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Starting a Business

Love, Exciting and New

Web business sells napkins bearing warm, fuzzy message for kids
- Magazine Contributor
2 min read

This story appears in the September 2000 issue of Startups. Subscribe »

It seemed like a stretch--a stay-at-home mother of four who didn't even own a computer launching a Web business selling napkins bearing warm, fuzzy messages. But 35-year-old Melisa Cowden, the owner of Austin, Texas-based Little Love Letters LLC, is wiping the smirk off the faces of those who told her it couldn't be done.

The devoted mother and former teacher was in the habit of writing encouraging words on the napkins she packed in her kids' lunches. The simple messages, like "Don't be afraid to ask for help" and "When you're mad, take time to chill out," caught the attention of other kids and parents. Looking for a way to make money from home, Cowden decided to start a business creating and selling inspirational napkins.

With neither computer skills nor a computer, Cowden did all her initial research the old-fashioned way: at the library, where she found names of potential manufacturers and then called them for price quotes. She also networked with other women entrepreneurs to get the basic business education she needed. "I was the question queen," Cowden acknowledges.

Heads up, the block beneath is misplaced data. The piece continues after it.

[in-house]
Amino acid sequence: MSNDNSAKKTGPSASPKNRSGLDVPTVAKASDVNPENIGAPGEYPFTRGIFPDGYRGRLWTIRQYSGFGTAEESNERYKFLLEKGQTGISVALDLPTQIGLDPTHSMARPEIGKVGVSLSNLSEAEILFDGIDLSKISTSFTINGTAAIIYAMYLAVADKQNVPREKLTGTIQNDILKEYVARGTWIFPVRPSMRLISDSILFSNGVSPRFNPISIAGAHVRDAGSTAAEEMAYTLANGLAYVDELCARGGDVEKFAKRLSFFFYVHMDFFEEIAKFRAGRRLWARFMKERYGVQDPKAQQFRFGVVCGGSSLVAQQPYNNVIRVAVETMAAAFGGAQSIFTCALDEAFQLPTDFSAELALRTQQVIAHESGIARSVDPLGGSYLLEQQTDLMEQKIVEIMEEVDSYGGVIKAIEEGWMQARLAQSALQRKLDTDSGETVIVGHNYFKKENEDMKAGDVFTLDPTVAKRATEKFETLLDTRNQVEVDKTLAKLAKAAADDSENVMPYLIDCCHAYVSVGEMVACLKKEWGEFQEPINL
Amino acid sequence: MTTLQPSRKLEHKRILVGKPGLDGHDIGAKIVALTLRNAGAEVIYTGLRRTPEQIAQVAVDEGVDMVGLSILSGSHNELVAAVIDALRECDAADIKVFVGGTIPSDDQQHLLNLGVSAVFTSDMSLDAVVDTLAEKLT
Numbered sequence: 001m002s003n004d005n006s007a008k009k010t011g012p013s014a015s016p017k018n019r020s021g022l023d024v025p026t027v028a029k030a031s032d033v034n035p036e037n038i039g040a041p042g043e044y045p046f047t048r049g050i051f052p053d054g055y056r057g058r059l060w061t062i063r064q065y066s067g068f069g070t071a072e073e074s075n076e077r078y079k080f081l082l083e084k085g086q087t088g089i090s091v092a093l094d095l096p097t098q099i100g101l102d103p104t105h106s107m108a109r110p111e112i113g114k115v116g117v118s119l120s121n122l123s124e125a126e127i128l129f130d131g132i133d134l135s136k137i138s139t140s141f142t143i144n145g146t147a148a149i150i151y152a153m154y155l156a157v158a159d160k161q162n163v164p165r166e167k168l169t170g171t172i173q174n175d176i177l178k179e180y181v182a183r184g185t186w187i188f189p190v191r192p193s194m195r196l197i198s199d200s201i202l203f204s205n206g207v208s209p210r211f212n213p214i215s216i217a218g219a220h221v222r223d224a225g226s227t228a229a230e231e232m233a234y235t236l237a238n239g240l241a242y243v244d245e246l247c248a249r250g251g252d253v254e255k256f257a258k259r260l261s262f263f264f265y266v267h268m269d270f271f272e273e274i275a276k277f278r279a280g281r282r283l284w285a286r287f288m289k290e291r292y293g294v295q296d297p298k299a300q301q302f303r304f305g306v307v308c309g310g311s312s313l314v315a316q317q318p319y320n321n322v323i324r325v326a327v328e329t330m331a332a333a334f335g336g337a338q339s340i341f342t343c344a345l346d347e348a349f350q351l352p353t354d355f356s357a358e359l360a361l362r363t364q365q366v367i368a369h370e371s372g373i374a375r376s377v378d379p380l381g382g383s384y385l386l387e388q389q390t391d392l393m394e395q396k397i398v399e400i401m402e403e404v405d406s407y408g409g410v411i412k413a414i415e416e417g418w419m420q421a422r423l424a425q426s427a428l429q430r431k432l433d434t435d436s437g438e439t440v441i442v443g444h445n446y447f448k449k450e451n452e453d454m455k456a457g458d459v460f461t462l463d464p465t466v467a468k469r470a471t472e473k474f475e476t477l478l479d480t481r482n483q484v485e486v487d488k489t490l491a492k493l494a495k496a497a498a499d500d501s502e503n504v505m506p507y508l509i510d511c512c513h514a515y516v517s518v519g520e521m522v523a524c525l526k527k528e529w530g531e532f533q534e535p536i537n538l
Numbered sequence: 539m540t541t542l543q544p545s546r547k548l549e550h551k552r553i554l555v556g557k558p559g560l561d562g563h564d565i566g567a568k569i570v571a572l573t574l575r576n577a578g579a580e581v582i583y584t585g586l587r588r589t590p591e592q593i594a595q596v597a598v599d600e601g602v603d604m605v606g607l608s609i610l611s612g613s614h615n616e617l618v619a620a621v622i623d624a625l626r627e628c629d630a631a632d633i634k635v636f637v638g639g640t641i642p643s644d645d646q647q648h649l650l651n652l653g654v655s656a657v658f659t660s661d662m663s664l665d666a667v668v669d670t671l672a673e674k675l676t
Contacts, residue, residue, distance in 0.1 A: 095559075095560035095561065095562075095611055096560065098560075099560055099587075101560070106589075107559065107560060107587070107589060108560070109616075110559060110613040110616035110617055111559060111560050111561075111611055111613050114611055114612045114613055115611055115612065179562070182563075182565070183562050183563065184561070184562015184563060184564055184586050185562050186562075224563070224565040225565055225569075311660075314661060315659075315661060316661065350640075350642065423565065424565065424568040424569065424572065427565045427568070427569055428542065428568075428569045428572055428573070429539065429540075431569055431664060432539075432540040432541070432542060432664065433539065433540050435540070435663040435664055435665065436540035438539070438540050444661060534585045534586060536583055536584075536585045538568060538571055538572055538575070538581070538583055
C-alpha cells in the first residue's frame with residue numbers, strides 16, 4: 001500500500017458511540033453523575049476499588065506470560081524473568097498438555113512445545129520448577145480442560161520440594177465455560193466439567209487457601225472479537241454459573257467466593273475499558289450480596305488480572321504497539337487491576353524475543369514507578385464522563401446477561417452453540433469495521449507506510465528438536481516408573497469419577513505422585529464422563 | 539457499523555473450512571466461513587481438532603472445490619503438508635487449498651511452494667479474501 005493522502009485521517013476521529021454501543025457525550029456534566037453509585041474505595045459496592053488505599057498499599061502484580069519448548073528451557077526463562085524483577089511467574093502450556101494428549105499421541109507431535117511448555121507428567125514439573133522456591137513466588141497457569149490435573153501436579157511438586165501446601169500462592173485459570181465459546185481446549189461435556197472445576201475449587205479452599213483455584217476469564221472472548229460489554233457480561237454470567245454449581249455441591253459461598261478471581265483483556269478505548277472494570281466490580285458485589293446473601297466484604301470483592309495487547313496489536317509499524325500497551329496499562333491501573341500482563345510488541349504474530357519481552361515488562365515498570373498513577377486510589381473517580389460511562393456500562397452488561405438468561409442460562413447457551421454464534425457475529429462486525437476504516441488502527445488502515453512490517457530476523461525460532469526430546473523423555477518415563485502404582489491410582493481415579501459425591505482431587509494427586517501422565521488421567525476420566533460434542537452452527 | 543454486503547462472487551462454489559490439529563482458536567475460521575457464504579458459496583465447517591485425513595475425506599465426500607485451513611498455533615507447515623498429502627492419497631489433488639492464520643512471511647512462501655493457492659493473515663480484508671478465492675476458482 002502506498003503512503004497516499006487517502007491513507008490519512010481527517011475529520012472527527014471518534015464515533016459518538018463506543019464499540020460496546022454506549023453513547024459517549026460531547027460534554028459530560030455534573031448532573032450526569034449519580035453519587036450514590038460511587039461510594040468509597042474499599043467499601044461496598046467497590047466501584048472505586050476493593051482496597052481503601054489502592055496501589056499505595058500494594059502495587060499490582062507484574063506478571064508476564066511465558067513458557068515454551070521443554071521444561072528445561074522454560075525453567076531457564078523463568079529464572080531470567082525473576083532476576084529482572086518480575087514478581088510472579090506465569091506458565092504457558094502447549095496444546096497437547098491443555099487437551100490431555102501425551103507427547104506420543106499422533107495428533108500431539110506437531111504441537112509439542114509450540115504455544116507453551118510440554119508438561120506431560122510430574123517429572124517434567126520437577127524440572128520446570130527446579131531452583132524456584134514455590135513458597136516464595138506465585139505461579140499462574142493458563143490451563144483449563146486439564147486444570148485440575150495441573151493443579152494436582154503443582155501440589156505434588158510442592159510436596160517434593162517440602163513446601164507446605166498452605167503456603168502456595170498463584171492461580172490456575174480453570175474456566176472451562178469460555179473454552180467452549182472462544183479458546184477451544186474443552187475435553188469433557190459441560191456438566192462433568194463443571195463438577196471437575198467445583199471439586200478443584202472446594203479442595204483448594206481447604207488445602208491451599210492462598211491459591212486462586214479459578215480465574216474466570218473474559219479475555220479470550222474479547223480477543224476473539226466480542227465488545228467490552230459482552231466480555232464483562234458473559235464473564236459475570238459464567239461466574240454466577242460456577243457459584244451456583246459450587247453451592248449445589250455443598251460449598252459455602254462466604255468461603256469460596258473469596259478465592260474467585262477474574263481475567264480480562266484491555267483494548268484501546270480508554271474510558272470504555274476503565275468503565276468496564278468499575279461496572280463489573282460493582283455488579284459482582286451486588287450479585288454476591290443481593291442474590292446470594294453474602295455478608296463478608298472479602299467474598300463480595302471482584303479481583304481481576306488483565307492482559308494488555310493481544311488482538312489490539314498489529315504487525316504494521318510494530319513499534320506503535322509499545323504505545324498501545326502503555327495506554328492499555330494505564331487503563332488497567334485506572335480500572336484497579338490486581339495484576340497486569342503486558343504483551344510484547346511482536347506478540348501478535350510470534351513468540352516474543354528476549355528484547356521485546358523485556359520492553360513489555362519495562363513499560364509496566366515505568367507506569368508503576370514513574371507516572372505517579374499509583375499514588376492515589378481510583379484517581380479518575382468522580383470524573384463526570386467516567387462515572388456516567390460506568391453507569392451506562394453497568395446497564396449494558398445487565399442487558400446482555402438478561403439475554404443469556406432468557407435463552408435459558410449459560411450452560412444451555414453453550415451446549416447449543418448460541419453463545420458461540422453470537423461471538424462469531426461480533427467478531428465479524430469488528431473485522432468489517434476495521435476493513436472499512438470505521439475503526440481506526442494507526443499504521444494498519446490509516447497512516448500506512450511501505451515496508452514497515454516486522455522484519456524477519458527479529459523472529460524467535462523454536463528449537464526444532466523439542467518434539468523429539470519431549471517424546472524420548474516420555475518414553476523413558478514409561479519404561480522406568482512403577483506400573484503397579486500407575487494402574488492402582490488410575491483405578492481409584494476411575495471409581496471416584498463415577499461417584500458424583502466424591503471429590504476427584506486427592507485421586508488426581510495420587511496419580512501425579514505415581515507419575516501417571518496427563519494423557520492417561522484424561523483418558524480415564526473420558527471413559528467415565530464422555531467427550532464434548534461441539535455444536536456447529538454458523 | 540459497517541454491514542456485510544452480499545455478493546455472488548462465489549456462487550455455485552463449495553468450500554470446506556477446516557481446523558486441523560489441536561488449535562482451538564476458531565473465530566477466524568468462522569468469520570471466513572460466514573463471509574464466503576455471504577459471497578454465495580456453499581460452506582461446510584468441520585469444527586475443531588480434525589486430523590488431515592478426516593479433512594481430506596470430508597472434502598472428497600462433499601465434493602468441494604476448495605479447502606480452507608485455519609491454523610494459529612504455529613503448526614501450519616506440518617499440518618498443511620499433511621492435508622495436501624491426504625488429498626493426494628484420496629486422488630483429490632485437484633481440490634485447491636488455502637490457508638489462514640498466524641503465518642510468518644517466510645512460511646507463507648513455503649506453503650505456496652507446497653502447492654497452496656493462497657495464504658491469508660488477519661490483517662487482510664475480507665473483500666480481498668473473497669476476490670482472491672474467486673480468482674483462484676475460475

In 1999, she used $50,000 in capital from a home equity loan and from family members to pay for the first minimum run of 960,000 napkins with messages written by her and illustrations created by her father, a retired commercial artist. With characteristic determination, Cowden set about visiting stores and participating in craft and trade shows to get the word out about her line of 16 different designs.

Now Cowden, who employs six sales representatives, has ventured into e-commerce with her Web site (www.littleloveletters.com). Reaching out to children in a simple way, she's donated the napkins to various hospitals, children's shelters, camps and nonprofit organizations.

Although she now has close to 1 million napkins spilling from her garage and various rooms in her house, Cowden hopes to expand her business to include a line of inexpensive theme napkins for all occasions and ages.


Pamela Rohland, a writer from Bernville, Pennsylvania, completes stories for Start-Ups and other national publications with assistance from her four cats.

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